For video of keynote speech by Professor Benjamin Sacks (Harvard Law), click here.
To view the panel discussion "Unions in the Poltical Process" click here.
To view the panel discussion "The Future of the NLRB" click here.
For years, activists who pushed hard for local policies to improve low-wage jobs feared that their small successes would have only marginal effects. But now, as the debate over proposed increases in the federal minimum wage heats up, their grit and determination may pay off.
In her essay in a new edited volume, “What Works for Workers?,” Stephanie Luce points out that more than 125 living-wage ordinances have been put into place since Baltimore first implemented one in 1994. While the number of workers directly affected has been relatively small, no ill economic effects have been documented, and the political demonstration aspect of it has been heartening. <Read more>
First published online by the New York Times Feb. 24, 2014.Read & discuss»
One in seven Americans - that is 46.5 million of us - live in poverty. And in the wake of the Great Recession, there is more to poverty today than just a bad economy. We have an increasingly unequal society in which the top 1% holds 40% of the wealth. According to a Global Post study, the United States leads the trend toward greater inequality which is rising faster - and already greater - here than in nearly all other developed countries.
Until the Reagan Administration, the minimum wage was set at a level that allowed one wage earner to support a family. The minimum wage has never been required to keep up with inflation nor been benchmarked to ensure that a full-time worker's wages can keep a family above the poverty line. As a result, many workers' families have now become destitute.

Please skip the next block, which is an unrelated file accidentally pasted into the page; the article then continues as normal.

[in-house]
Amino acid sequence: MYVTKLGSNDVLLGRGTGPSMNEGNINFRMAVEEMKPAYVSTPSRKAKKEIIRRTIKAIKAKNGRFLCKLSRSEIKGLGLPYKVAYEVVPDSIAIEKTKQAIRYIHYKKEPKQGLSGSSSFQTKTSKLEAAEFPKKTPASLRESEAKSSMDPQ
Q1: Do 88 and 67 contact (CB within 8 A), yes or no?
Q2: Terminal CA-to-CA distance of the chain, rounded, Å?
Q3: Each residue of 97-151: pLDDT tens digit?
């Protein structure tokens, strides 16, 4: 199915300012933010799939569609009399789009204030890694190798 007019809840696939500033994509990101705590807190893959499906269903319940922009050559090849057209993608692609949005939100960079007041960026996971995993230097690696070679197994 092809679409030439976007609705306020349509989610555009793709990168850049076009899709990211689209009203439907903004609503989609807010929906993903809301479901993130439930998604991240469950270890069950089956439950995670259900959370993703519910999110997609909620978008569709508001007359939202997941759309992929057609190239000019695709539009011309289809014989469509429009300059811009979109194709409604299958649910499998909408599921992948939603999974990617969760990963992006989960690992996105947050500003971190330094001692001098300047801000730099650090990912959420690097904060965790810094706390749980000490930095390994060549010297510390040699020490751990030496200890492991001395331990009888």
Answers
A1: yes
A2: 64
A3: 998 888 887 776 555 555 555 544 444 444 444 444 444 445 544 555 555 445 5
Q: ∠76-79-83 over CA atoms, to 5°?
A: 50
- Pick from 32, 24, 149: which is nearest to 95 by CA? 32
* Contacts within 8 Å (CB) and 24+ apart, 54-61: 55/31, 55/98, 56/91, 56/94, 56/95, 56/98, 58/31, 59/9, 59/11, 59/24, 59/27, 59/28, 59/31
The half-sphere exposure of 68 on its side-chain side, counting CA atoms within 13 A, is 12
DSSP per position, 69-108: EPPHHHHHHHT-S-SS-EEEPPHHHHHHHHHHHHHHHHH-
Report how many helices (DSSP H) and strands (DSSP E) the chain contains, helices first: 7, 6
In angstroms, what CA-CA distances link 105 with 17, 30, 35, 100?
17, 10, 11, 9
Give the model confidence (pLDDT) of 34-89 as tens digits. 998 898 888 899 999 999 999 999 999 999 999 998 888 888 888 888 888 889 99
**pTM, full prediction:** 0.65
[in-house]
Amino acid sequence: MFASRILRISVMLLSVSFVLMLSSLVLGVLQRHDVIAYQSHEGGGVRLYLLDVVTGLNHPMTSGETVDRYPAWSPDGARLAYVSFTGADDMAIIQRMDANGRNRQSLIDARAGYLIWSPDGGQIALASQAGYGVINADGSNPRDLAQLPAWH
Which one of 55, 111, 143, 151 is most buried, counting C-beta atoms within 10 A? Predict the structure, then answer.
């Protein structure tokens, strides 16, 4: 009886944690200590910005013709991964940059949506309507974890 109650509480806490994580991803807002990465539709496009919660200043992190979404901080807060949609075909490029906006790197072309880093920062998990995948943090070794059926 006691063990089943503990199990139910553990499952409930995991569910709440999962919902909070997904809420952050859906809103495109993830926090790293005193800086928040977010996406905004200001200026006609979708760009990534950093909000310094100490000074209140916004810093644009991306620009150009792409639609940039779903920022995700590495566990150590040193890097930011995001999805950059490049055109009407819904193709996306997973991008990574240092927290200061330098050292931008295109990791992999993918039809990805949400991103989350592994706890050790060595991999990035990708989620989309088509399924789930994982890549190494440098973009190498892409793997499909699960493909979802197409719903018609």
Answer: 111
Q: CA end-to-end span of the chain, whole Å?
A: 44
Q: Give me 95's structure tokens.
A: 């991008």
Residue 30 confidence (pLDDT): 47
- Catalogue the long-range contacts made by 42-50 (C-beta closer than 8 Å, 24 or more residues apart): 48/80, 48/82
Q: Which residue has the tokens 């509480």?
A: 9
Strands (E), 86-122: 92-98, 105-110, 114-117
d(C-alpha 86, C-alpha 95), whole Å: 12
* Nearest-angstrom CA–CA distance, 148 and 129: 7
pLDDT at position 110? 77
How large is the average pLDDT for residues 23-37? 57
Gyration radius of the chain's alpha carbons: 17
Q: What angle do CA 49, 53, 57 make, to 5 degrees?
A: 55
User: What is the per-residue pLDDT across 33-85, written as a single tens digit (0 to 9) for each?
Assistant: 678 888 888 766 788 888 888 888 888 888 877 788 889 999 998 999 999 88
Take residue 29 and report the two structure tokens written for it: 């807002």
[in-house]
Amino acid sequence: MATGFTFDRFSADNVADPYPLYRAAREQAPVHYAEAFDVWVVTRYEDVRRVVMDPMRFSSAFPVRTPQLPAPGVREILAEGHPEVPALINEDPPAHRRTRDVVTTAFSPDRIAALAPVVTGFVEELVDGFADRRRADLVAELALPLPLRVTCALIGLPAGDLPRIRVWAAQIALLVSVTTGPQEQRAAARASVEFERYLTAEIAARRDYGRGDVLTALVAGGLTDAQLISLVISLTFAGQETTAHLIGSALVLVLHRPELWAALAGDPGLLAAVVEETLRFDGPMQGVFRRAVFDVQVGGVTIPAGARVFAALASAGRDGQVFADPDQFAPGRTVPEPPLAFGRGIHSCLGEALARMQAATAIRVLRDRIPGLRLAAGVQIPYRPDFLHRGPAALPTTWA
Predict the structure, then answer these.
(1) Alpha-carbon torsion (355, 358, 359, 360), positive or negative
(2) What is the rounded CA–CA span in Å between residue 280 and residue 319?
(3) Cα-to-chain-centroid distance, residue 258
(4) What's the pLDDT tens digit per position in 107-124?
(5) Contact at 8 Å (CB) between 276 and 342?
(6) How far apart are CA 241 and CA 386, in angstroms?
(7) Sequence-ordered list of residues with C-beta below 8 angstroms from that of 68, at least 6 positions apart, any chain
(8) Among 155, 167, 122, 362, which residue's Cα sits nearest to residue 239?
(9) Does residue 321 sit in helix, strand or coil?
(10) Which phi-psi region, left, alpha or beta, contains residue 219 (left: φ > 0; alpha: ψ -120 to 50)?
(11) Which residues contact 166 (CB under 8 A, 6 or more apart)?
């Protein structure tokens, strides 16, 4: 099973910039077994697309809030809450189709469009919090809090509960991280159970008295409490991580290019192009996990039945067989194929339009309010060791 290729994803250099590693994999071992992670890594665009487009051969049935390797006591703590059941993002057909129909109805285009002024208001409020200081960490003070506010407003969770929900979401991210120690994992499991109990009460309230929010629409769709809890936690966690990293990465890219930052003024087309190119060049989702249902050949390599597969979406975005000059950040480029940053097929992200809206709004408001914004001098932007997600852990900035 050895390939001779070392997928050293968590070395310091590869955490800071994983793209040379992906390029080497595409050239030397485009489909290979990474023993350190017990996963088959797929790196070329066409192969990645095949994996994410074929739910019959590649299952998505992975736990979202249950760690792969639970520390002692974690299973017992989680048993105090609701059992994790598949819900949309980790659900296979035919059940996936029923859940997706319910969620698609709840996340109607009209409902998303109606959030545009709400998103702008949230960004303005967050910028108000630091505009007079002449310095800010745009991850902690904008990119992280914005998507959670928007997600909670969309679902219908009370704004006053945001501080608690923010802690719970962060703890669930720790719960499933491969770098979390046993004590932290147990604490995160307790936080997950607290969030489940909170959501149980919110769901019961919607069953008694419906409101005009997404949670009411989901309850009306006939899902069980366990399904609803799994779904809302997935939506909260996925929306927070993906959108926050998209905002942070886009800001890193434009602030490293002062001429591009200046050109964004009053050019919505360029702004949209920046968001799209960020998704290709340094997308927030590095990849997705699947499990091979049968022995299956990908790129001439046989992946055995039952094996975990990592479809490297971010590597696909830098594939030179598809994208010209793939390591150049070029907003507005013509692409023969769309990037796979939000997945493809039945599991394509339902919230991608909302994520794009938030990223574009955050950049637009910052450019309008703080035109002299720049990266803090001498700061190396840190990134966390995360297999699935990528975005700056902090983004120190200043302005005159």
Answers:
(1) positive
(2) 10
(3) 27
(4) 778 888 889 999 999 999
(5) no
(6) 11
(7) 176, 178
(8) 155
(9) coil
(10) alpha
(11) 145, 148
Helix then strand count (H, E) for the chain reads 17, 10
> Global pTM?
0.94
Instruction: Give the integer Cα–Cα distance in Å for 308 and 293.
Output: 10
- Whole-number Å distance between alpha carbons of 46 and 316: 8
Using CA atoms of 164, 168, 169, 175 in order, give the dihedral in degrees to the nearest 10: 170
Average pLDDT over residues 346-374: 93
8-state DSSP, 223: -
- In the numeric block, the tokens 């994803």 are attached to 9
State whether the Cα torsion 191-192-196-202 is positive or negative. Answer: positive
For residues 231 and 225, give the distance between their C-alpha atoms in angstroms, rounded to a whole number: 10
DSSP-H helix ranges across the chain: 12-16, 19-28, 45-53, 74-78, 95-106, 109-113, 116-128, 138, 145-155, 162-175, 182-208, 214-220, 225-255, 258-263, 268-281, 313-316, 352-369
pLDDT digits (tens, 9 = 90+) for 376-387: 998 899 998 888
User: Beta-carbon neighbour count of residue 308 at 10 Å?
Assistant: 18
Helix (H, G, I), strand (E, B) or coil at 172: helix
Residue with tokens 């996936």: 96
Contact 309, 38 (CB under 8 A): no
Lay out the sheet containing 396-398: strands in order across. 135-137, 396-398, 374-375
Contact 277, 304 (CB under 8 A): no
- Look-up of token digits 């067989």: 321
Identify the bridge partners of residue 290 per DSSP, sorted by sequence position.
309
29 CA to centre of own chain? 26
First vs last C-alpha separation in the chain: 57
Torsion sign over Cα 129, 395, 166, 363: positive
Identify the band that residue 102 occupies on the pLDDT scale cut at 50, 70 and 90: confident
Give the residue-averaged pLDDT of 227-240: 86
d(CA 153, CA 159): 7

Why has this happened? The causes of poverty are complex, but one important factor is the decline in union membership, starting in the 1980s, which has led to a decline in union bargaining power.Read & discuss»
The news is full of bad news about unions these days. Unions are blamed for holding up the bailout of GM and Chrysler with foot-dragging over wages and benefits. Teachers' unions are accused of protecting bad teachers and standing in the way of providing good education. Public employees are supposed to be overpaid and lazy. The bottom line seems to be that, at best, unions are dinosaurs and about to go extinct. At worst, they are a drag on our economy.
So, why have unions? Because the persistent problem of unlimited corporate power requires an effective counterbalance.
The need for such a counterbalance is clear. We saw the effect of increasing corporate power in the 2010 elections. We see it in virtually every law considered by Congress and state legislatures. And we saw it in the period leading up to the 1929 stock market crash and the Great Depression. As corporations grow mightier, they are able to amass even greater power. Then, just as now, Supreme Court decisions made corporations unaccountable to their societies by removing limits on corrupting and destructive power wielded by corporations.
Among other actions Congress took to limit irresponsible corporate power was to enact the National Labor Relations Act in 1935. Congress wanted to give unions power to act as a counterbalance to corporate power.
Copyright Truthout.org. Reprinted with permission.